Nature Teaching on the Blackboard, by William Plane Pycraft and Janet Kelman.  London: Caxton Publishing Co., 1910 (STORE 133:55-57)

This three-volume teaching manual, with its decorated cover and 104 lessons on different species of plants and animals, was published at a critical period in both the history of education and the history of science in England.

 

The Education Acts of the late nineteenth century made school free and mandatory for all children, creating a suddenly enormous population of young students. In response, dozens of teaching manuals were published around the turn of the century. These manuals promoted new teaching techniques for large classes, such as writing lessons on a blackboard as a large and reusable surface that could be seen by a whole room of students at once. Manuals also served as textbooks and training guides for the many new teachers recruited by the overcrowded schools. Manuals about nature study were particularly numerous, as few teachers had training in science when nature study became a requirement in state primary schools in 1900. Nature Teaching on the Blackboard and manuals like it provided teachers with information about nature as well as suggestions for class activities, such as that “a mass of frog-spawn should be kept in a glass bowl and examined daily” to observe the frog’s life cycle (vol 3:51).

Nature study, based on the popular nineteenth century pedagogy of object lessons, emphasized the idea that children should learn through observing and handling an object, such as a frog or a flower, rather than from reading books or memorizing lectures: “The [blackboard] drawings can only be helpful in such lessons when they are used along with, and not apart from, actual specimens…which can be handled, examined, and dissected” (vol 1:v), such as a poppy flower.

Nature Teaching made this new pedagogy easier by explaining it to teachers and by offering information about different species as background for lessons. It also provided practical tips on finding specimens, although “all the animals selected [in the book] are such as can be seen alive even by children in crowded cities, or can be obtained without the slightest trouble, ‘in the flesh’” (vol 1:iv). If these supposedly local species proved difficult to find, the author assures the reader that “teachers in country schools would doubtless, if asked, procure bats for class purposes in town schools” (vol 3:3).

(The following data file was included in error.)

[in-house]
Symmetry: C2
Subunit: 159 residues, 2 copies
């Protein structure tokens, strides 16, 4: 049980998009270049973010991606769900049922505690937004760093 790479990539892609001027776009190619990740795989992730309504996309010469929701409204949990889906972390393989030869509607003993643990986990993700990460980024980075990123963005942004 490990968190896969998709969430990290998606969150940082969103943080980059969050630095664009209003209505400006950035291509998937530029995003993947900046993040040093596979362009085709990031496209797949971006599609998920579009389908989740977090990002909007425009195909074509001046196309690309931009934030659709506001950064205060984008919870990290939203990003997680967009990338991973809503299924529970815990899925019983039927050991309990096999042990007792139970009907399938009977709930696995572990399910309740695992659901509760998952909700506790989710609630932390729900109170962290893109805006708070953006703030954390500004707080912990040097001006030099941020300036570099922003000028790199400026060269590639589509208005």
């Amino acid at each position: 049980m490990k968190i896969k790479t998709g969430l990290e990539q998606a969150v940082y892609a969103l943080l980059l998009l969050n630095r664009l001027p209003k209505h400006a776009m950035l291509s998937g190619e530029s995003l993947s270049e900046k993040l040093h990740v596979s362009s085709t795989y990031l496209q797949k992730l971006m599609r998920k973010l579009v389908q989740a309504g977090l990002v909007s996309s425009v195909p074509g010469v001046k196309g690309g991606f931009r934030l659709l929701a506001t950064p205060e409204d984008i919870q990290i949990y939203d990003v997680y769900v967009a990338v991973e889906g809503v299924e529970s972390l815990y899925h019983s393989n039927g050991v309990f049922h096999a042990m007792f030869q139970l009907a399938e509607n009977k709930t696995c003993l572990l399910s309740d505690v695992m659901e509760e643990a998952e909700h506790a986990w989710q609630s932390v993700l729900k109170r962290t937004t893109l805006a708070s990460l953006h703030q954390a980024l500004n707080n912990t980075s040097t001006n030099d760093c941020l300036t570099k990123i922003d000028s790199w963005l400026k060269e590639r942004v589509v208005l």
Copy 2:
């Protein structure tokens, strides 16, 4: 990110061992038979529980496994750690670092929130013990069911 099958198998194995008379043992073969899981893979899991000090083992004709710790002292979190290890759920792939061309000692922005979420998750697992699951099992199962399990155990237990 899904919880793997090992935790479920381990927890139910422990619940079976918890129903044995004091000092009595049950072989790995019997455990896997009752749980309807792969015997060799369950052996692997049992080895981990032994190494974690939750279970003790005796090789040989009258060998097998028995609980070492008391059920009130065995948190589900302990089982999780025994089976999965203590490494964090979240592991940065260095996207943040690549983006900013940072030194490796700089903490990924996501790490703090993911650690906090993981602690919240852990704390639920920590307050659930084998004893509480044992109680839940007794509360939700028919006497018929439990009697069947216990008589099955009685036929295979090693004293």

Another aspect of the book that was useful for teachers and now is interesting for historians is Nature Teaching’s 104 full pages of beautiful white-on-black drawings. These images were meant to serve as suggested blackboard drawings that teachers could use to illustrate their nature study lessons. The drawings are “of such a nature that any one may reproduce them without possessing any but a rudimentary knowledge of or aptitude for draughtsmanship” (vol 1:v). These claims of simplicity may seem hard to believe today, but drawing was a typical school subject throughout the nineteenth and early twentieth century, so most teachers would have been practicing chalk drawing for years. They were adept at simple shapes, such as the snake’s scales or “breast plates”, as well as more dynamic images, such as a “PYTHON crushing its prey.”

School nature study lessons were part of the rise of popular science in late nineteenth and early twentieth century England, which also included science lectures and demonstrations for adults, the opening of public natural history museums, and the publication of science books for general audiences. An appreciation and knowledge of science could be instilled early by educating students about the wonders of nature through direct observation and handling of natural specimens.

By Caitlin Wylie

For further information please see my article in History of Education

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